This theory is consistent with Josephus' later mention of Jesus, in Antiquities, Book 20, Ch. 9, 1, where Josephus is careful to state that Jesus “was called Christ,” not that he necessarily was the Christ:

Festus was now dead, and Albinus was but upon the road; so he assembled the Sanhedrin of judges, and brought before them the brother of Jesus, who was called Christ, whose name was James, and some others; and when he had formed an accusation against them as breakers of the law, he delivered them to be stoned

Scholars almost universally acknowledge that this passage in book 20, in contrast with the Testimonium in Book 18, is original and un-tampered with. Thus, It constitutes a separate confirmation of the historicity of a man named Jesus who was called Christ and who had a brother named James.

            Thus, the modern scholarly consensus about the Testimonium Flavianum is that Josephus had written a neutral description that was later modified to make it more friendly to Christian orthodoxy. If the three suspected interpolations are removed, the rest of the passage flows smoothly within its context, fits Josephus' writing style, fits well with an Arabic language version of the passage that was only discovered in the 1970s, and is likely authentic. The English scholar and theologian James Dunn believes that the original Flavian passage was similar to this:

Now there was about this time Jesus, a wise man. For he was a doer of startling deeds, a teacher of such men as receive the truth with pleasure. And he gained a following both among many Jews and many of Greek origin. And when Pilate, at the suggestion of the principal men amongst us, condemned him to the cross, those that loved him at the first did not forsake him. And the tribe of Christians, so named from him, are not extinct at this day.

There is very little scholarly support for the view that the Testimonium Flavianum is a total forgery, and in any case the mention in Book 20 of Jesus as the brother of James is a separate mention of Jesus as an historical figure. So contrary to Bart Ehrman's carefully contrived implication, there is a First Century mention of Jesus by Josephus, a very reputable historian and a naturalized Roman citizen--a pagan by choice if not by birth.

B.       Tacitus

            Now that we've exposed Ehrman's technically correct but misleading claim that there is no First Century “pagan” mention of Jesus, we should note that there is also a crucial reason for his arbitrary cutoff point of the end of the First Century. There is an early 2nd Century mention of Jesus by an entirely pagan, gentile, Roman historian—Tacitus. In his Annals, Book 15, Ch. 44, written around AD 116, Tacitus discusses how Nero blamed the Christians for a fire in Rome that many believed Nero himself had ordered:

“Consequently, to get rid of the report, Nero fastened the guilt and inflicted the most exquisite tortures on a class hated for their abominations, called Christians by the populace. Christus, from whom the name had its origin, suffered the extreme penalty during the reign of Tiberius at the hands of one of our procurators, Pontius Pilatus, and a most mischievous superstition, thus checked for the moment, again broke out not only in Judaea, the first source of the evil, but even in Rome, where all things hideous and shameful from every part of the world find their center and become popular.”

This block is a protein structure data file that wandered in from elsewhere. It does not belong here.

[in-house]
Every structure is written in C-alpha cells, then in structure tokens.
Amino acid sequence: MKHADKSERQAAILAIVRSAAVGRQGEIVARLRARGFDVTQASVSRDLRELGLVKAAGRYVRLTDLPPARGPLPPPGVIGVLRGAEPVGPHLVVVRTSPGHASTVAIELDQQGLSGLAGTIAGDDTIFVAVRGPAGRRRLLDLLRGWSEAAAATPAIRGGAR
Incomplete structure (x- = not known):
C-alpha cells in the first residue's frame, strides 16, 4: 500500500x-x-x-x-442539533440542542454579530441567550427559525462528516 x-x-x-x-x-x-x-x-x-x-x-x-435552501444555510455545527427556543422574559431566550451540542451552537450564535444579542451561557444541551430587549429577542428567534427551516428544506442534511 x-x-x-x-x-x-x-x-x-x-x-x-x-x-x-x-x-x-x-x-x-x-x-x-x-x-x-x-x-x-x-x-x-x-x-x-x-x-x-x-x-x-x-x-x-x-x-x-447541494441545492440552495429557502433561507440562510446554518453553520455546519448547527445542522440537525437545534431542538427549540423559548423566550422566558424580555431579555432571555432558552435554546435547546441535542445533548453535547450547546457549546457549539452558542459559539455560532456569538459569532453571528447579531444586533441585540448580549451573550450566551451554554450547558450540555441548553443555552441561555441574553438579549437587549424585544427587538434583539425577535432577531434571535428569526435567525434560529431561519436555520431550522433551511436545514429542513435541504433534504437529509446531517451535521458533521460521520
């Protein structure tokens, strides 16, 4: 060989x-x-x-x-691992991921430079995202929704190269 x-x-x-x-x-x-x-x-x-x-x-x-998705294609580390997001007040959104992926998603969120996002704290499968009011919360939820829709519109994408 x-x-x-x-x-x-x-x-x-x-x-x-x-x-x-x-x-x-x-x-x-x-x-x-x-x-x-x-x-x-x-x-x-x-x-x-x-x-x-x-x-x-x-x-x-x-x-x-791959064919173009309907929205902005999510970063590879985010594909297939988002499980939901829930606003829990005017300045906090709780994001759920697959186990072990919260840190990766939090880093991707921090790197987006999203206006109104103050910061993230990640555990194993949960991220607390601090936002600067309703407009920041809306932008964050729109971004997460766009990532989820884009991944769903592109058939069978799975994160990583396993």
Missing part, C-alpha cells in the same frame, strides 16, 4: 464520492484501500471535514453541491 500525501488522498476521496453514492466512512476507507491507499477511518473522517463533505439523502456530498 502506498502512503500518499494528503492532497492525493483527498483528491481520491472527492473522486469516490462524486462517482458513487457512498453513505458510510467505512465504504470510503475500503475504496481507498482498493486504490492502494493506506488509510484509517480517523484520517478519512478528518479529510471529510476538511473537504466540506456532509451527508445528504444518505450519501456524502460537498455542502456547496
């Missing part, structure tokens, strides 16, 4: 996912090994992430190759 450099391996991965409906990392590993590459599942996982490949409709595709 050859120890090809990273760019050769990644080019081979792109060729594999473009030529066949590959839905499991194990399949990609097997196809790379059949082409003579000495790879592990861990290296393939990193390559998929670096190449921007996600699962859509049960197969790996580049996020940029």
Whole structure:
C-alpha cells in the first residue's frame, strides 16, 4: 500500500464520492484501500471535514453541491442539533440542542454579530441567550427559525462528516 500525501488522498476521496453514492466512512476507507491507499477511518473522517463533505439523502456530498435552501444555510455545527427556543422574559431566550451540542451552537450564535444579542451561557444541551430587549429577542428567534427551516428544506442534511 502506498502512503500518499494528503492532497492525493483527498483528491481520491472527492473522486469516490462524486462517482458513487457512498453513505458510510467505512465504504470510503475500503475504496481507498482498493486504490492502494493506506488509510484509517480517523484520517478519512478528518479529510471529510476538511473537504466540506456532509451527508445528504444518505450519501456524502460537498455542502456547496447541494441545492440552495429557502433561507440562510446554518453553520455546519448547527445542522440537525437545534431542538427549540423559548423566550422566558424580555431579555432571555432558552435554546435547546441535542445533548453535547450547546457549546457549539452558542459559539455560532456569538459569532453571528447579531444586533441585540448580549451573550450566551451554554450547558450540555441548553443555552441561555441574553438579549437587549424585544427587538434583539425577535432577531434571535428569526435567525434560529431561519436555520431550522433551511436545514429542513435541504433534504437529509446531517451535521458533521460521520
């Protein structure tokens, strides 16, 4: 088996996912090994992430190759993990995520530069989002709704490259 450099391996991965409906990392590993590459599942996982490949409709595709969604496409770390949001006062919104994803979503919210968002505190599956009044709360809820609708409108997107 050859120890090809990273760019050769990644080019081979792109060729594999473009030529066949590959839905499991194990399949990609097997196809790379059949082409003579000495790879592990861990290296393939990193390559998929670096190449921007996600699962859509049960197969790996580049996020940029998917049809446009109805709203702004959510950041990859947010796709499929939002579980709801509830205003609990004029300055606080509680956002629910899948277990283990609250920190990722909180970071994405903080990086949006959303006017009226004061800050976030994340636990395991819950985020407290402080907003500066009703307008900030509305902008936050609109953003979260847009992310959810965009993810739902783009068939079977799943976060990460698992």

Even while acknowledging that the Christians were falsely blamed for the fire, Tacitus is contemptuous of Christianity; he asserts that Christians practiced “abominations,” and he includes Christianity among “all things hideous and shameful.” No friend of Christianity, Tacitus is merely reporting the historical facts, and these facts are entirely consistent with, and provide an independent secular verification of, what is recorded in Scripture.

            Does the fact that Tacitus was writing in the early 2nd Century, in AD 116, render his history unreliable or unworthy of mention? Are historians writing today, in 2016, about events that occurred in 1931—the same time gap between Tacitus' Annals and the crucifixion of Christ—considered unreliable or unworthy because of the passage of time? To ask that question is to expose the absurdity of the contention. When we write about 1931, we're writing about recent history. Eighty-five years is but one lifespan; many who are still alive today were born before 1931, including two of my uncles and one aunt.

C.       Excessive Skepticism Renders Normal Scholarship Impossible

            Strictly speaking, these historical references to Christ do not absolutely prove that Jesus existed, only that many people in the first and second centuries, including very reputable historians, believed and reported that Jesus existed. But that is all the proof we have for the existence of the overwhelming majority of historical figures. As historian Michael Grant writes:

“If we apply to the New Testament, as we should, the same sort of criteria as we should apply to other ancient writings containing historical material, we can no more reject Jesus' existence than we can reject the existence of a mass of pagan personages whose reality as historical figures is never questioned.” Michael Grant (1977), Jesus: An Historian's Review of the Gospels

In other words, if we applied to other ancient historical figures the level of skepticism necessary to deny the existence of Jesus, it would become almost impossible to write history. Those who understand history as a scholarly discipline do not make absurd evidentiary demands, which is why virtually all modern scholars of antiquity agree that Jesus was an historical figure who really lived and died.

D.      Christianity Proves that there Was a Christ

            But perhaps the best argument for the historicity of Jesus is Christianity itself. How was Jesus able to inspire a movement if he never existed? For the first 250 years of Christianity, there was no worldly advantage in being a follower of Jesus, only the very real possibility of persecution, imprisonment, and martyrdom—a painful and humiliating death. Is it reasonable to believe that the world-transforming movement of Christianity grew from nothing, no one, a non-person, a non-event? Relying solely on human reason and experience, the overwhelming likelihood is that there was a real person underlying the phenomenon of Christianity. To assert otherwise is the height of irrationality.